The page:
Tag Archives: IPM

Downy mildew of brassica vegetables

Downy mildew of brassicas (Hyaloperonospora parasitica syn. Peronospora parasitica) is a fungal-like oomycete that can be devastating in cooler, wet weather. While the ideal temperature for downy mildew development is 8-16˚C it can infect in temperatures outside that range. Prolonged leaf wetness due to fog, dew, or evening irrigation can create ideal conditions for the pathogen to develop.

Downy mildew is most devastating on Continue reading Downy mildew of brassica vegetables

Late blight alert – July 27th, 2017

This information is updated from an earlier article by Janice LeBoeuf.

We have had multiple reports of late blight in conventionally managed tomato fields this week.  Typically, this disease is well managed in tomatoes with a broadspectrum fungicide program including chlorothalonil.  However, high disease pressure due to environmental conditions, combined with a dense leaf canopy and rapid growth may have resulted in poor spray coverage and reduced efficacy.

Commercial growers should scout often and ensure they are using fungicides with good late blight activity in their fungicide program.  When late blight is in the area, spray intervals should be shortened.

Under continued high disease pressure, growers should consider adding a targeted late blight fungicide to the spray program.  If late blight has been identified in a field, use a fungicide with curative and antisporulent activity, see the table below for late blight fungicides and their properties. Continue reading Late blight alert – July 27th, 2017

Cucurbit Downy Mildew Report for the Week of July 24th, 2017

Cheryl Trueman, University of Guelph – Ridgetown Campus

Risk of downy mildew to cucumbers and cantaloupe remains high, with new reports regularly occurring throughout the great lakes region.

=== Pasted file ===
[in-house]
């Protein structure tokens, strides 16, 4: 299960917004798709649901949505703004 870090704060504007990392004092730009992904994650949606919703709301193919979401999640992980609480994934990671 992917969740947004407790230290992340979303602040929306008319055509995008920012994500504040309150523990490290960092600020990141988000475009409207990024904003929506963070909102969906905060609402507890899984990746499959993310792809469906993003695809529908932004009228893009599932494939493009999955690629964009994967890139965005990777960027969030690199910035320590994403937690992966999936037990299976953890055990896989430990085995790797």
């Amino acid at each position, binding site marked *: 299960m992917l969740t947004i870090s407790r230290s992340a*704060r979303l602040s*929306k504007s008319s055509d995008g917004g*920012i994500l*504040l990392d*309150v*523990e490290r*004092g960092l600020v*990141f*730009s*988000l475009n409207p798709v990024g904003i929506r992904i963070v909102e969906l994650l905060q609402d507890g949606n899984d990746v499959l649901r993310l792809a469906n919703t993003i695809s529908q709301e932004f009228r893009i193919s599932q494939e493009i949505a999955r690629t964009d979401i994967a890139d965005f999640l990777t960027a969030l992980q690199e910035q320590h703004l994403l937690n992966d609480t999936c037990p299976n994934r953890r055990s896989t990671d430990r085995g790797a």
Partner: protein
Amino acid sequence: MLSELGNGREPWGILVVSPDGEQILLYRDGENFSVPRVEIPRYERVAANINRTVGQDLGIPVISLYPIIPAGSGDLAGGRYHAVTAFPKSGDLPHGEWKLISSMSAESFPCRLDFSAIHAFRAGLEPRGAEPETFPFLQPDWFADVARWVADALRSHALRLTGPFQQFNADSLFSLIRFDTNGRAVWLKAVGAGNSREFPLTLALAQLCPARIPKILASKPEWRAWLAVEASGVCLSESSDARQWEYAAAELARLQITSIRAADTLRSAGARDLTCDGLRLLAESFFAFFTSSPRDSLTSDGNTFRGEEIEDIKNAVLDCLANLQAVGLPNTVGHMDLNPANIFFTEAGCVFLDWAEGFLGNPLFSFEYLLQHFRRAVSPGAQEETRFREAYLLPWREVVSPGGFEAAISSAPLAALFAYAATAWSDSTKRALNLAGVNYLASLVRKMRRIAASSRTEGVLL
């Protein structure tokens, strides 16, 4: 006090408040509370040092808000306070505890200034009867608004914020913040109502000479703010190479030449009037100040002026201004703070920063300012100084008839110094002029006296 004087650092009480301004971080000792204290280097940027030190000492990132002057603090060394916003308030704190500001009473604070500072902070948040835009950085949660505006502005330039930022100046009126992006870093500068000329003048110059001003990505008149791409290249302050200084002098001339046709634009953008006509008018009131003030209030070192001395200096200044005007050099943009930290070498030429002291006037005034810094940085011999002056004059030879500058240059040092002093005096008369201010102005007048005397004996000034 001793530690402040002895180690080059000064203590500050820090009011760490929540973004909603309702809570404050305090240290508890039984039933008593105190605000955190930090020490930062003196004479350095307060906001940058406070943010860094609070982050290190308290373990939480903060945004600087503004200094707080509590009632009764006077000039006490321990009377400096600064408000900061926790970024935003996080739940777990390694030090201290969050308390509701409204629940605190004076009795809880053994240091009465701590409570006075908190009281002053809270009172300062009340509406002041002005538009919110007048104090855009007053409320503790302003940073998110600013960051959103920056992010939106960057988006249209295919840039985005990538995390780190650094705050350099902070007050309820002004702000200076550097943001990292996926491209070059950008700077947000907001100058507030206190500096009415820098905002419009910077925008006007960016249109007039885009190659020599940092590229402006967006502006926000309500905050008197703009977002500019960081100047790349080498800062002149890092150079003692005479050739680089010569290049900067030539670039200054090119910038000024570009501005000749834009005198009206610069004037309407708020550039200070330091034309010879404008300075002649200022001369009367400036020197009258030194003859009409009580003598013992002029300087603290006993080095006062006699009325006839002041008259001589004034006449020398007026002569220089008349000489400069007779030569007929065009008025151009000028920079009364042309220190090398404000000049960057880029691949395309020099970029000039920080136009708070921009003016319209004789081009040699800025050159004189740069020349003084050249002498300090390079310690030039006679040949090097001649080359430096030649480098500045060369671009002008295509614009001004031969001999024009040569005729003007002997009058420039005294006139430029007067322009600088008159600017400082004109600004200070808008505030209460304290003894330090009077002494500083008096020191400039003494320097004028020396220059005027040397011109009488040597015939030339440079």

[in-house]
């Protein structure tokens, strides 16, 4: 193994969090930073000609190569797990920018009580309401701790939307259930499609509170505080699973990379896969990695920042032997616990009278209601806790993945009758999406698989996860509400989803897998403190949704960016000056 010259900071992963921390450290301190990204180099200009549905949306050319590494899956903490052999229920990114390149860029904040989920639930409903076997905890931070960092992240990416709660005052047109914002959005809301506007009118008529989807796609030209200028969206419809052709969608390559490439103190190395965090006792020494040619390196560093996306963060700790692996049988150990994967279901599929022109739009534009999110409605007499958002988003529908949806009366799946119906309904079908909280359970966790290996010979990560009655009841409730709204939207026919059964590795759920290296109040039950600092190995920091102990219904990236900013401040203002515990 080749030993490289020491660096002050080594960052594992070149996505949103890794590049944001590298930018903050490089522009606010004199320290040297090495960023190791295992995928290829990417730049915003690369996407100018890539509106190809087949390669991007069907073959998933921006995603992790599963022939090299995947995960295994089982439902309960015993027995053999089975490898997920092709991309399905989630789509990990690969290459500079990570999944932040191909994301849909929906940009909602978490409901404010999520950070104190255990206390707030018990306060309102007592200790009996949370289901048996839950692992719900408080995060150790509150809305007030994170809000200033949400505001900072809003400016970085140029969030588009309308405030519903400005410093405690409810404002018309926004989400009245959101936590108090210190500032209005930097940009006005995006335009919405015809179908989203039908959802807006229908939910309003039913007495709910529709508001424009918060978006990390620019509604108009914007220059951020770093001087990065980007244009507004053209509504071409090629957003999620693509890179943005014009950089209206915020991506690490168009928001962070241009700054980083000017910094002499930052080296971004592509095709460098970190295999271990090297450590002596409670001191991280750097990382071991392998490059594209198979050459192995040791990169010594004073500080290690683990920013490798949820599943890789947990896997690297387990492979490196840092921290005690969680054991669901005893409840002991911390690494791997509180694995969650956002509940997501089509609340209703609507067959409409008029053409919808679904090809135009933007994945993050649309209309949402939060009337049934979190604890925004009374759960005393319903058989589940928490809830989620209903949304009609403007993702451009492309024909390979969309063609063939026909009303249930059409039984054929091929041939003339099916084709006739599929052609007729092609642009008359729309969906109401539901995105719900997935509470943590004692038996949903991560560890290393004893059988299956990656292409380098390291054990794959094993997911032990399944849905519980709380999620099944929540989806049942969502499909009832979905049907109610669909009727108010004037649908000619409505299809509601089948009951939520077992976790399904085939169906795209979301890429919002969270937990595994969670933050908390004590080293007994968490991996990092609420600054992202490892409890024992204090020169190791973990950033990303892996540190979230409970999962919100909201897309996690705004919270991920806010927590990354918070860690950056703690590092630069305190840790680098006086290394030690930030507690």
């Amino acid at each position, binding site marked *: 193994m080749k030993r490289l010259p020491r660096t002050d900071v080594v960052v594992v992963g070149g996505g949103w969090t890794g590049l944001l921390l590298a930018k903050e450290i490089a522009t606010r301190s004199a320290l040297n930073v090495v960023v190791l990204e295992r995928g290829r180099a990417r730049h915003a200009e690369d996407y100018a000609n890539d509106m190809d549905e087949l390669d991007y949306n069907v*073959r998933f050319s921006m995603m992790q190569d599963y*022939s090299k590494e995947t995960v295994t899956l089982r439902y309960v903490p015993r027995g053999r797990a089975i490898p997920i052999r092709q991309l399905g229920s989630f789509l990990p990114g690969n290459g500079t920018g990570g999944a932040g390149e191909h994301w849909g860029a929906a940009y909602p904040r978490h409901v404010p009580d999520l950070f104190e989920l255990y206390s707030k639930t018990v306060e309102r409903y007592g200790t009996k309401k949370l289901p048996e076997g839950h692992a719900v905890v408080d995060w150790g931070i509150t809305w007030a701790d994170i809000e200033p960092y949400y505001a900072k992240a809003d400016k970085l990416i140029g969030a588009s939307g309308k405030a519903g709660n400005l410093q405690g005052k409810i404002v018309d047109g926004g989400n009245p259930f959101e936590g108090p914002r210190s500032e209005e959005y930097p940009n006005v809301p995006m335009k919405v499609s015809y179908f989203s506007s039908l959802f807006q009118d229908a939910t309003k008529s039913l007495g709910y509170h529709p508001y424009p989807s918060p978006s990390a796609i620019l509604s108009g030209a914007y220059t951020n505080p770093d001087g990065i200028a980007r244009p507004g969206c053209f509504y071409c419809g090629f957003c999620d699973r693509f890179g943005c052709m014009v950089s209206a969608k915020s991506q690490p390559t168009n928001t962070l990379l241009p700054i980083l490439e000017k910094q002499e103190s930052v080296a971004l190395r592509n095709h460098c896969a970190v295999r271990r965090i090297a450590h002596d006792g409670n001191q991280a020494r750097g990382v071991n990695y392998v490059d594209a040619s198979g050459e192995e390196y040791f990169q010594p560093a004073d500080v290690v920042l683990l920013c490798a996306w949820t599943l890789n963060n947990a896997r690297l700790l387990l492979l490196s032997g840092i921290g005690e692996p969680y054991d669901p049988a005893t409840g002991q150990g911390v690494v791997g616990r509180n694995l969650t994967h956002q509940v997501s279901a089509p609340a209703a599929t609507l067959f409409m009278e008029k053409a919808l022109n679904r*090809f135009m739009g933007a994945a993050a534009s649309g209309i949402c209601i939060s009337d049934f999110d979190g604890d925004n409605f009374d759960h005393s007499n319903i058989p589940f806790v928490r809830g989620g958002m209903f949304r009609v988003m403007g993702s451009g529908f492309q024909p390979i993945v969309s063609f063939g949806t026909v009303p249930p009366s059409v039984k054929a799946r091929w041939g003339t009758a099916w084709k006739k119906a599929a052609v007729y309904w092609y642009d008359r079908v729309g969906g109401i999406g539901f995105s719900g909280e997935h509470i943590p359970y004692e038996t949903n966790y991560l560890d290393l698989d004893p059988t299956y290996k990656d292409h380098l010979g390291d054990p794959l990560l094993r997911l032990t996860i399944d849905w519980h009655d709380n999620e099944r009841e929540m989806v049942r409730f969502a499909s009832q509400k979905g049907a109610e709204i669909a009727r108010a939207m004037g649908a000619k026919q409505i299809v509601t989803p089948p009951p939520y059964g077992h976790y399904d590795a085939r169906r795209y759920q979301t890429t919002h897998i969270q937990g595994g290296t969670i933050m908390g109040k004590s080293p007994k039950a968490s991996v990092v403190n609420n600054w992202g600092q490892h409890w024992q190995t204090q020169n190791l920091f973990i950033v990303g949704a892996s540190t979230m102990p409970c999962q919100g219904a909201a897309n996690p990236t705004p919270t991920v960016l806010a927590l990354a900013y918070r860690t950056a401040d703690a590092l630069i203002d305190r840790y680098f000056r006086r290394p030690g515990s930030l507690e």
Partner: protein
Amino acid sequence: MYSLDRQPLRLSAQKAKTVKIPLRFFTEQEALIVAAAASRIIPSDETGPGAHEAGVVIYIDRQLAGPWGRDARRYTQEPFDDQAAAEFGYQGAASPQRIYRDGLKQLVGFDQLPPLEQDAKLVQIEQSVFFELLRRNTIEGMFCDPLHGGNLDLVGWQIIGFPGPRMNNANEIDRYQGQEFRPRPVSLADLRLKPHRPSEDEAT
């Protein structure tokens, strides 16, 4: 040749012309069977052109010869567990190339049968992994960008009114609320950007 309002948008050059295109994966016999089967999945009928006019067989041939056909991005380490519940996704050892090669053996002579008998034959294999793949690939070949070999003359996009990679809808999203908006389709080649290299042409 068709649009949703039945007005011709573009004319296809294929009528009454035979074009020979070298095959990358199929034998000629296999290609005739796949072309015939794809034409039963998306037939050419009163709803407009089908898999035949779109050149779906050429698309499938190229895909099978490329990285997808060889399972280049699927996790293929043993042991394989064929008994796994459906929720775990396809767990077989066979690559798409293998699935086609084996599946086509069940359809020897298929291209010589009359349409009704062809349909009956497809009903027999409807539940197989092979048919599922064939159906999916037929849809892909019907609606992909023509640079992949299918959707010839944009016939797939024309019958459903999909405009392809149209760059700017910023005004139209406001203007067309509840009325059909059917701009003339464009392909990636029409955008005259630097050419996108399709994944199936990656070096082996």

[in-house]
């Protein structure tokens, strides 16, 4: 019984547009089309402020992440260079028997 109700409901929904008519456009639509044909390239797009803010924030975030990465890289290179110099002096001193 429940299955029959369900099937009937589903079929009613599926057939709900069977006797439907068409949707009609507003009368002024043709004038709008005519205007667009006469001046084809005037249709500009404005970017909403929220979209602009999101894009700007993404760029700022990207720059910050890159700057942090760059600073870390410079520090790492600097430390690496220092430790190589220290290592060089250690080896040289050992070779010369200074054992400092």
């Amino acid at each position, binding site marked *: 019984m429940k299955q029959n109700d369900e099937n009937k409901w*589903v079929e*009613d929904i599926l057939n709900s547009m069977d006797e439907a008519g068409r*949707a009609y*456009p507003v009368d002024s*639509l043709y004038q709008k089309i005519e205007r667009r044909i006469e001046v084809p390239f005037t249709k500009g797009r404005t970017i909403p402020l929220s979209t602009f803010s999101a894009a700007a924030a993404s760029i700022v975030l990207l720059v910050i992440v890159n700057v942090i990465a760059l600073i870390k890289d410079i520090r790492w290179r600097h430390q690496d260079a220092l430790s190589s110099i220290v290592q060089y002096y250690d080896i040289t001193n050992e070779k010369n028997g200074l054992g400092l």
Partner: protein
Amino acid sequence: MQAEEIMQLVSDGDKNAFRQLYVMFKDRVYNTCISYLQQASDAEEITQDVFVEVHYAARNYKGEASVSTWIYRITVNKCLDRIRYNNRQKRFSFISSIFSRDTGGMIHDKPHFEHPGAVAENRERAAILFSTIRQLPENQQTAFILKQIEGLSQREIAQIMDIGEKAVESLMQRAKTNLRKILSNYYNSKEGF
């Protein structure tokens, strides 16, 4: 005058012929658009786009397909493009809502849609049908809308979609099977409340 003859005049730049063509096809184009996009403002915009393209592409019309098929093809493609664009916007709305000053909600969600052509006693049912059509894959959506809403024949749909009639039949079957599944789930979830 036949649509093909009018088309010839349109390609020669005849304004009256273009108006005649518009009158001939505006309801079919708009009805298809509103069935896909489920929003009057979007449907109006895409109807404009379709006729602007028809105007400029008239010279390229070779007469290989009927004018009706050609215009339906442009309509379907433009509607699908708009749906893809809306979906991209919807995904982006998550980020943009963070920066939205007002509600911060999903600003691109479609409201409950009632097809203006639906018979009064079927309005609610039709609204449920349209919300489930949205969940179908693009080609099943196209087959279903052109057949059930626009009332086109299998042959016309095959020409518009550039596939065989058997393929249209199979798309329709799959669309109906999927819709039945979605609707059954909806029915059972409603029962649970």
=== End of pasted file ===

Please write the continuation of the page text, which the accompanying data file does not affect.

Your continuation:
Scouting for downy mildew in pickling cucumber fields in Norfolk County began on June 13 and in Kent County on June 19.  This is the final cucumber downy mildew scouting report for the 2017 season.

You can track sightings of downy mildew in North America on the IPMpipe Cucurbit Downy Mildew website.

More information:
2017 Downy Mildew Control Strategy for Cucumber Crops

2016 Fungicide efficacy and fungicide program results

Cucurbit Downy Mildew Report for the Week of July 4th, 2017

The downy mildew scouting program is sponsored by the Ontario Cucumber Research Committee. Field scouting in Norfolk County is managed by Tania Keirsebilck-Martin at the Norfolk Fruit Growers’
Association. Field scouting in Kent County is managed by Cheryl  Trueman at the Ridgetown Campus, University of Guelph. We thank Elaine Roddy, OMAFRA vegetable specialist, for her guidance with
implementing this program.

Cucurbit Downy Mildew Report for the Week of July 4th, 2017

Elaine Roddy, OMAFRA and Cheryl Trueman, University of Guelph – Ridgetown Campus

Cucurbit downy mildew was confirmed on June 28th.  Additional reports now include the areas of Norfolk, Oxford and Kent. The risk of downy mildew infections remains high throughout Southern Ontario.

At this time all cucumber growers should use only targeted downy mildew fungicides.

Cantaloupe/muskmelon growers should alternate between broadspectrum fungicides and downy mildew fungicides.  In melon crops, broadspectrum fungicides are required to manage other foliar diseases including alternaria, anthracnose and powdery mildew.